Telling the Truth
Always have a book with you. Of course, I don’t, but that’s what I tell myself every time I’m stuck in a line. This happens all too often in France. This morning I went to a sporting goods store called Decathlon. A couple times a year they let people bring in old sporting equipment and sell it for them, sort of sponsored garage sale. A month ago I bought a bike at a garage sale, just to get by after ours were stolen. I spent a lot of time trying to get all of the gears and brakes to function, but the bike was pretty far gone. I hope to sell it so I can get something better.
So I was standing in a long, slow moving line in Decathlon. Even after all my effort, it failed their inspection, and I ended up spending €10 to have the rear brake adjusted. They proceeded to tell me that the gears needed adjusting which would cost me €26. “I don’t think it’s even worth that,” I said. Still, I took it back to the people checking in bikes. I said they worked on the brake for me, but that the rear derailleur also needs adjustment. The worker said that as long as the brakes work it didn’t matter if there was one gear that didn’t function. They let it slide.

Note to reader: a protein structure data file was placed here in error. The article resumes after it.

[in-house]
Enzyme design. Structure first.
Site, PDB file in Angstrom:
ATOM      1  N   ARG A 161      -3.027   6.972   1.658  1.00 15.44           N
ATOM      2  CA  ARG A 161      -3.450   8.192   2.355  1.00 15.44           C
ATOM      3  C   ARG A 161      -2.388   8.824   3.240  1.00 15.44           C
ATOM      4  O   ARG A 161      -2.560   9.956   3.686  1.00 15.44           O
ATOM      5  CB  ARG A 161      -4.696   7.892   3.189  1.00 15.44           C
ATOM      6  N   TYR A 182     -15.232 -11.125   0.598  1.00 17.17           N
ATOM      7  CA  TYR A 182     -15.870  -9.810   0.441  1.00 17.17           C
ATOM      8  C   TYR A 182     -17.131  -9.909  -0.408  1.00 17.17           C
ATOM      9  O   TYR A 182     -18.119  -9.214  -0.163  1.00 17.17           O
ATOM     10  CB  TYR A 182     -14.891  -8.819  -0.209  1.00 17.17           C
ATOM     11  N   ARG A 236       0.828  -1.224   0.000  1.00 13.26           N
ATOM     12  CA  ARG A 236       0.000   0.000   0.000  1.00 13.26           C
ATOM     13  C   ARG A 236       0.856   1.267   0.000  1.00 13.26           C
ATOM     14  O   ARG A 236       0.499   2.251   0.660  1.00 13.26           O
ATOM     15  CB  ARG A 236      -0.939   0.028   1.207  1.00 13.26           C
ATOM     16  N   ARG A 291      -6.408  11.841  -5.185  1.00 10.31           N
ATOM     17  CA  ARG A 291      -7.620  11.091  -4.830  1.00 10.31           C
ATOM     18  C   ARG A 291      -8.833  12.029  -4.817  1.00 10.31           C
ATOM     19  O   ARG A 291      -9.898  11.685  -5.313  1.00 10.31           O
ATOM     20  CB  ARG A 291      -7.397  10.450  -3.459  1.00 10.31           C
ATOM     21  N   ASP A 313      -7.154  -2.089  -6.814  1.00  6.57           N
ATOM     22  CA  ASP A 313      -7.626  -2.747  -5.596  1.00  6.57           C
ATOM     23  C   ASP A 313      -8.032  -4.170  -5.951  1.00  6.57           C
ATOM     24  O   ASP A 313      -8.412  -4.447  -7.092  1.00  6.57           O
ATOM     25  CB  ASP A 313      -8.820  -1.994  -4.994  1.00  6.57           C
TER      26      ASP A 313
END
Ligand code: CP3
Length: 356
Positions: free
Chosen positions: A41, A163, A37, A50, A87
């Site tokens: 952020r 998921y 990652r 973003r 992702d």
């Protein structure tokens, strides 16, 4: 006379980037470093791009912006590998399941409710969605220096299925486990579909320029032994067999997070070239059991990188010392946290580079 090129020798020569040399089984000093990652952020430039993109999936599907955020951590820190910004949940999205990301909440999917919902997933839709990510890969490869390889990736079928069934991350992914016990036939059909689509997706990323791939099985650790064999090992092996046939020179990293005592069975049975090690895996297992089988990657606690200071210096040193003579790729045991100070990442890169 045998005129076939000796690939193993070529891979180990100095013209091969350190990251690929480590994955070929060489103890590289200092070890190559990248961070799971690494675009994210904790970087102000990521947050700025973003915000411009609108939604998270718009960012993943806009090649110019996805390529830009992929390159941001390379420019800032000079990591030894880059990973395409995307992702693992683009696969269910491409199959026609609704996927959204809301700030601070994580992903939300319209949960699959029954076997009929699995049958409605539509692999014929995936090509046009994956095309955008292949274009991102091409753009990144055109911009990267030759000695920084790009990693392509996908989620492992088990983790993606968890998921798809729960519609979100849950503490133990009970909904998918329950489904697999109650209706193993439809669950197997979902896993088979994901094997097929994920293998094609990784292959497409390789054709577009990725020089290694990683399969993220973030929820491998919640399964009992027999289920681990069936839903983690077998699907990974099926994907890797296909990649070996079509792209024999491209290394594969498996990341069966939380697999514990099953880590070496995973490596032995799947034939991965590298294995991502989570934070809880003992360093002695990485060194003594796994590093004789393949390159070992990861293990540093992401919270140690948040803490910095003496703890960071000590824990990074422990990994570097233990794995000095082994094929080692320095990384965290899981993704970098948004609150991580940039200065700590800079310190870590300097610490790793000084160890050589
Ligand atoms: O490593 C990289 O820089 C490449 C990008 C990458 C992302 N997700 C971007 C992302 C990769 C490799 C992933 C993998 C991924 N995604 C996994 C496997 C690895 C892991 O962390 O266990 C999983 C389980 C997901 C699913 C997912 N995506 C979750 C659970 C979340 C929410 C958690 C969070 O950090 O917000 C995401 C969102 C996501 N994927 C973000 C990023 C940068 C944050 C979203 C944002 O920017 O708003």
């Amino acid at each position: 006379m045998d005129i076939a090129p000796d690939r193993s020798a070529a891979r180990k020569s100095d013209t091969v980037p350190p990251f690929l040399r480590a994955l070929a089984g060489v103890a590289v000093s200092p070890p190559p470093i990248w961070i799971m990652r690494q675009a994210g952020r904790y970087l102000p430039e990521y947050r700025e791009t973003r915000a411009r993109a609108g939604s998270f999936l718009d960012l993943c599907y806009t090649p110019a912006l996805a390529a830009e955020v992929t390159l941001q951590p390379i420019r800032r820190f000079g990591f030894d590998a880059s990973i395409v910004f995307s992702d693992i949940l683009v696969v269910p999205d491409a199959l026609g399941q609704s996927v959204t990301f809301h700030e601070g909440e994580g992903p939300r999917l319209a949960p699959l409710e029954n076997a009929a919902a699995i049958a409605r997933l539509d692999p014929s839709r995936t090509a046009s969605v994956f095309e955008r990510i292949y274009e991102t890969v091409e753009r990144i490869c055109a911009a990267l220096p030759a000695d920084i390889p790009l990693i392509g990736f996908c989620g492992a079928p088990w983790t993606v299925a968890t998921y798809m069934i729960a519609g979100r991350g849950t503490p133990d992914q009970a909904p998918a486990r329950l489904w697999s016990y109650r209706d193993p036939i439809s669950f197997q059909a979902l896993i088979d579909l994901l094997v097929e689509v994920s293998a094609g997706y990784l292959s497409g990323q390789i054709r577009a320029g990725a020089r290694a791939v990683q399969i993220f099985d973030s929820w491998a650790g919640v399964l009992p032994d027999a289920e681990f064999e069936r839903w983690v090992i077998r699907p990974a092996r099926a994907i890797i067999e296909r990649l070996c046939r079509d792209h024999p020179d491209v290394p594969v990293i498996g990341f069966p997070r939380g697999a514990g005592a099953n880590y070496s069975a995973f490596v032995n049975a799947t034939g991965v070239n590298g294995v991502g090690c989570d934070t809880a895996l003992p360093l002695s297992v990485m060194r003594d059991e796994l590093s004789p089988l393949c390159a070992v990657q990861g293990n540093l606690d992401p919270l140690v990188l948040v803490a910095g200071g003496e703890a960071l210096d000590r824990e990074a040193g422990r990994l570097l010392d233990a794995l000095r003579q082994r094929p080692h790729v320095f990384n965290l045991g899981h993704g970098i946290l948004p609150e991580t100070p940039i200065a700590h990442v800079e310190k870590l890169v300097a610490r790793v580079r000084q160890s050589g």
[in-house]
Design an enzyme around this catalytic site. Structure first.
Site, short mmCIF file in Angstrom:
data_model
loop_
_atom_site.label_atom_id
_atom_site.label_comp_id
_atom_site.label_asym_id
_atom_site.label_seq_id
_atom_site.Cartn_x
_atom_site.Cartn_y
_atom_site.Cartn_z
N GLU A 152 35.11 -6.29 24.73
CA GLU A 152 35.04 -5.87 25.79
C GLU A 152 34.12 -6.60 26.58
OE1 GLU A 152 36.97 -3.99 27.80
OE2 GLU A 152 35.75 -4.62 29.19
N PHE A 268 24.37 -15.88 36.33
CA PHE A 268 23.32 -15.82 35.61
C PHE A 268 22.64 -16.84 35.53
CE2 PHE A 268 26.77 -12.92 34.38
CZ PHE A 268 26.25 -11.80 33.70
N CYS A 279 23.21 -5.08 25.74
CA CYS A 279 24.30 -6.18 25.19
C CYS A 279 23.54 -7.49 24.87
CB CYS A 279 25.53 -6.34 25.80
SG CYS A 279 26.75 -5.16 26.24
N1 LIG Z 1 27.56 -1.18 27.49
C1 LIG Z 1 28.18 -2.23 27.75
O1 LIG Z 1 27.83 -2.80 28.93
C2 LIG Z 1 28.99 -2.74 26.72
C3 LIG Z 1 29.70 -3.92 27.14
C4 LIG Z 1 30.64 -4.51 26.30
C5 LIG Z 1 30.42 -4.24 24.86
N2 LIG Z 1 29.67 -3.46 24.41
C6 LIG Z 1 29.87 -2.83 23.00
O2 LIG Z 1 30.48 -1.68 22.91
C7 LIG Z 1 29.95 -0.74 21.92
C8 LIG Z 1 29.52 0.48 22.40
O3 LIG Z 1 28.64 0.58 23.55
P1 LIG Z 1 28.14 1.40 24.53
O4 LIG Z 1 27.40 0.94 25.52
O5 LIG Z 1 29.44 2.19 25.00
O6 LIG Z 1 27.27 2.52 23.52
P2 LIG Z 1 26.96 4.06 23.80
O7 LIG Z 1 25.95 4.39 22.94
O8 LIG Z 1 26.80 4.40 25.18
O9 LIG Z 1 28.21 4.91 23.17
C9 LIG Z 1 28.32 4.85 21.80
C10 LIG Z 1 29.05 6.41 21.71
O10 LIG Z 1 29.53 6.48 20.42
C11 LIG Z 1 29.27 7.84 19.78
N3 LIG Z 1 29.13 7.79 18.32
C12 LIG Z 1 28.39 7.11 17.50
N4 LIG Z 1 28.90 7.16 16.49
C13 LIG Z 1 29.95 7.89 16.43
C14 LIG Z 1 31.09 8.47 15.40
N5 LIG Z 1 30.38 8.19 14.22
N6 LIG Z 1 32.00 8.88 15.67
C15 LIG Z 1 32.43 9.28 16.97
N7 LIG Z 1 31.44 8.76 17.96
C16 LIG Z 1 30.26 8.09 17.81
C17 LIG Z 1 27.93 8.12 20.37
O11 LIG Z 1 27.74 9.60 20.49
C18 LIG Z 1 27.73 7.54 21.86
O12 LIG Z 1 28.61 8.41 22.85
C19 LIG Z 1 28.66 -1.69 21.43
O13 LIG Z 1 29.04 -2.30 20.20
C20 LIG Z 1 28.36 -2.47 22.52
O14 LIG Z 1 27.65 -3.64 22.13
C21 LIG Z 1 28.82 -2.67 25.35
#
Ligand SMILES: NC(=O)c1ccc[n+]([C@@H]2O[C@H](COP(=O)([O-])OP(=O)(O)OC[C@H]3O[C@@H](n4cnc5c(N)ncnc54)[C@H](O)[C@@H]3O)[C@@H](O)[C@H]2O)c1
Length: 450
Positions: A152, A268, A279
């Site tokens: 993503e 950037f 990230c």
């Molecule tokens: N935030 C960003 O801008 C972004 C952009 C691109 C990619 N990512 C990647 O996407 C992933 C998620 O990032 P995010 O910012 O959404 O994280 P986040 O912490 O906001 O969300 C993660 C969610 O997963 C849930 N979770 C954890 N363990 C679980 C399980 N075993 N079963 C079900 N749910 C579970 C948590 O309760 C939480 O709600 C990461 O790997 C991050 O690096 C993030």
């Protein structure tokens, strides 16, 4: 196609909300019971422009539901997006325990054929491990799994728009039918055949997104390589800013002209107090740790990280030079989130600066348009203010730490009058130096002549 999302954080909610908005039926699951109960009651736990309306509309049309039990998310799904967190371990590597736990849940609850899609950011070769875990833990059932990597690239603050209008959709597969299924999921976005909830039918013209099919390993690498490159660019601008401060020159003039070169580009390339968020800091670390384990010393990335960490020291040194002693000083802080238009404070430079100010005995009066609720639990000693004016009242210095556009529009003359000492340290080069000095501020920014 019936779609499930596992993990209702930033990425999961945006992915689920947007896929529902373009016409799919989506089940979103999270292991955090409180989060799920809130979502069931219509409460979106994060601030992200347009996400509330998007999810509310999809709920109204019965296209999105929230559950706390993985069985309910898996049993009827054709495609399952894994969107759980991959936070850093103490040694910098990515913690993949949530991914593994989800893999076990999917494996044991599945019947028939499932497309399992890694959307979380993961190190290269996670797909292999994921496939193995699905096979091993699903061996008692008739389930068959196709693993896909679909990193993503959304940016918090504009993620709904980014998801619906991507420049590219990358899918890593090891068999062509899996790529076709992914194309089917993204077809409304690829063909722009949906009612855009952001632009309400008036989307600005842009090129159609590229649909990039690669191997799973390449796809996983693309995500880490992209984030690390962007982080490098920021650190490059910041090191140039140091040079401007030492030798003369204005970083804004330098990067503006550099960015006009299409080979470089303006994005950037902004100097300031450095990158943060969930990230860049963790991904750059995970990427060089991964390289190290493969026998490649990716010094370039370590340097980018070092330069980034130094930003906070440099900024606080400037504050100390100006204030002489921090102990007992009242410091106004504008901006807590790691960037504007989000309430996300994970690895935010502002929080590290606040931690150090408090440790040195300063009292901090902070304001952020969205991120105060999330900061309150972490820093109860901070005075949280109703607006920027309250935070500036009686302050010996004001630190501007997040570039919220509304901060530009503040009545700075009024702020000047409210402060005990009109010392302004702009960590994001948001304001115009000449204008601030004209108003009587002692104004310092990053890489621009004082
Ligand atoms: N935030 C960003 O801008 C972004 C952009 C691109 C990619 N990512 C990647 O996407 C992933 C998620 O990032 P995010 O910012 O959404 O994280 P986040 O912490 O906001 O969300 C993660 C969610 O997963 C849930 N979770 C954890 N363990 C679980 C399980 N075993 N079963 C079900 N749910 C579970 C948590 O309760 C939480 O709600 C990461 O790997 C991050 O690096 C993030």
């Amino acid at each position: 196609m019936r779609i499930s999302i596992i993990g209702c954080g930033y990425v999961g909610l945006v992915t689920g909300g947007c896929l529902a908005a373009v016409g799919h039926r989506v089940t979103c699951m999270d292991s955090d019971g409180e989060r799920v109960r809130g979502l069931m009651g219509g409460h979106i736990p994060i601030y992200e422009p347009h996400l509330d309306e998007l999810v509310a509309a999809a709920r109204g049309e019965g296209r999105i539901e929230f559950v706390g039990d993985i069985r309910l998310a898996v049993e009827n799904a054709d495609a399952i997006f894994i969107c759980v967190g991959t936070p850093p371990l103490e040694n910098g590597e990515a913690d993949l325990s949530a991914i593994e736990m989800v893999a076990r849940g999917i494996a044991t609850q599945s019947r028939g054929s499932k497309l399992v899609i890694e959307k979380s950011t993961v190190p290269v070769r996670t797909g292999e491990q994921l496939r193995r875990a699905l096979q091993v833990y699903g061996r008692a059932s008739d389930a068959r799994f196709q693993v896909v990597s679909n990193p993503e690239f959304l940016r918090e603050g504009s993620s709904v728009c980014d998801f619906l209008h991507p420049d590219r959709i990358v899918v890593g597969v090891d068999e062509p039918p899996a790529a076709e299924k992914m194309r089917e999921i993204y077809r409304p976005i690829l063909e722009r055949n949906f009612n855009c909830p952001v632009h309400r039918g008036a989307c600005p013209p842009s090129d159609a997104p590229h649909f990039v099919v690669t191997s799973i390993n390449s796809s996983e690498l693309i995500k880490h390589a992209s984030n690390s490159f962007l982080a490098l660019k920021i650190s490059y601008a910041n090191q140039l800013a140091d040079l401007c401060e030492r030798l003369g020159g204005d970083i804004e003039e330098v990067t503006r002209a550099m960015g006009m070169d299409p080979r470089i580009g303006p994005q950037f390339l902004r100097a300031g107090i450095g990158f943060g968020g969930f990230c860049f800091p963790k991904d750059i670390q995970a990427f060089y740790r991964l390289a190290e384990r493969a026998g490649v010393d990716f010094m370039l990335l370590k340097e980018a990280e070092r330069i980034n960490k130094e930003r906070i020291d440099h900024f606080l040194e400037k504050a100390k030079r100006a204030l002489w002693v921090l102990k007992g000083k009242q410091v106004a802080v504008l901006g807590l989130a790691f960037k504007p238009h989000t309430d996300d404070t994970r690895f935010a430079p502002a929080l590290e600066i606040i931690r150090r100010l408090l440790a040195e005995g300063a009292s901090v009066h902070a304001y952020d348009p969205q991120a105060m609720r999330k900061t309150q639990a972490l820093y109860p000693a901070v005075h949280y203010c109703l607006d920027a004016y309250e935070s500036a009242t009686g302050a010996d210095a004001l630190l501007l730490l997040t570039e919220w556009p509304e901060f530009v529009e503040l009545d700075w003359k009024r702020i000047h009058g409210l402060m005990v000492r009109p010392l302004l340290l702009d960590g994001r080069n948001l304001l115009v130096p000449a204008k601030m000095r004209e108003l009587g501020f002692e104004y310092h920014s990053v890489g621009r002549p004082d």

I told the truth, which could have caused them to reject the bike. Still, they accepted it.
As another worker was filling out the contract he asked me how much I paid for the bike. I told him €10. “What?” he asked. I explained that my bike was stolen and I bought this one from someone just to get me by. I only paid €10. “I can’t put that,” he said. He wrote down more.
It struck me how my honesty caught him off guard. I was intimidated by the whole situation, afraid that the bike would be rejected, that I just spent €10 to get the brake tightened for nothing. I really want to be rid of it, but I’m not willing to lie for it.
Tomorrow we’re going to look at used bikes ourselves, hoping to find one that was built to last. I really miss our two bikes that were stolen…